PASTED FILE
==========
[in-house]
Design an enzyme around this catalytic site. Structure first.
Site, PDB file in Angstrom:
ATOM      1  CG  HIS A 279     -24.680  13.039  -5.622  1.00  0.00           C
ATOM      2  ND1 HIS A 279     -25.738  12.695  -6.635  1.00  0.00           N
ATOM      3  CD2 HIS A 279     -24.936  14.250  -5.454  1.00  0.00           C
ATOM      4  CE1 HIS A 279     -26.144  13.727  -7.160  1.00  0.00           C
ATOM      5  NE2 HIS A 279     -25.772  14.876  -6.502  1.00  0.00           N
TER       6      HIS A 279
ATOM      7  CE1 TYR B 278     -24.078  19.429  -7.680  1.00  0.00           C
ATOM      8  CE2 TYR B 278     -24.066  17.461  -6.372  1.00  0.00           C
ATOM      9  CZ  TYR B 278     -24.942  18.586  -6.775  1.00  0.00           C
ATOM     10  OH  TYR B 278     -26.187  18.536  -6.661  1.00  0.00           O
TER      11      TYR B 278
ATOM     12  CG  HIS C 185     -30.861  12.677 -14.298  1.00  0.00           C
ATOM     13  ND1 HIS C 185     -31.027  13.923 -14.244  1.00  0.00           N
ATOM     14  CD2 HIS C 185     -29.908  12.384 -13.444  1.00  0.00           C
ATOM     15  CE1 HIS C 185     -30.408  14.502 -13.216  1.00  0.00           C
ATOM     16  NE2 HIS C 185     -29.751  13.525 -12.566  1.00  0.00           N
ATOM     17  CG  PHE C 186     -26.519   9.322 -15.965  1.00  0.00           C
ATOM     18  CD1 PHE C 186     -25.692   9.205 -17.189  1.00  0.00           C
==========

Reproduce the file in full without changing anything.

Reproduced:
[in-house]
Design an enzyme around this catalytic site. Structure first.
Site, PDB file in Angstrom:
ATOM      1  CG  HIS A 279     -24.680  13.039  -5.622  1.00  0.00           C
ATOM      2  ND1 HIS A 279     -25.738  12.695  -6.635  1.00  0.00           N
ATOM      3  CD2 HIS A 279     -24.936  14.250  -5.454  1.00  0.00           C
ATOM      4  CE1 HIS A 279     -26.144  13.727  -7.160  1.00  0.00           C
ATOM      5  NE2 HIS A 279     -25.772  14.876  -6.502  1.00  0.00           N
TER       6      HIS A 279
ATOM      7  CE1 TYR B 278     -24.078  19.429  -7.680  1.00  0.00           C
ATOM      8  CE2 TYR B 278     -24.066  17.461  -6.372  1.00  0.00           C
ATOM      9  CZ  TYR B 278     -24.942  18.586  -6.775  1.00  0.00           C
ATOM     10  OH  TYR B 278     -26.187  18.536  -6.661  1.00  0.00           O
TER      11      TYR B 278
ATOM     12  CG  HIS C 185     -30.861  12.677 -14.298  1.00  0.00           C
ATOM     13  ND1 HIS C 185     -31.027  13.923 -14.244  1.00  0.00           N
ATOM     14  CD2 HIS C 185     -29.908  12.384 -13.444  1.00  0.00           C
ATOM     15  CE1 HIS C 185     -30.408  14.502 -13.216  1.00  0.00           C
ATOM     16  NE2 HIS C 185     -29.751  13.525 -12.566  1.00  0.00           N
ATOM     17  CG  PHE C 186     -26.519   9.322 -15.965  1.00  0.00           C
ATOM     18  CD1 PHE C 186     -25.692   9.205 -17.189  1.00  0.00           C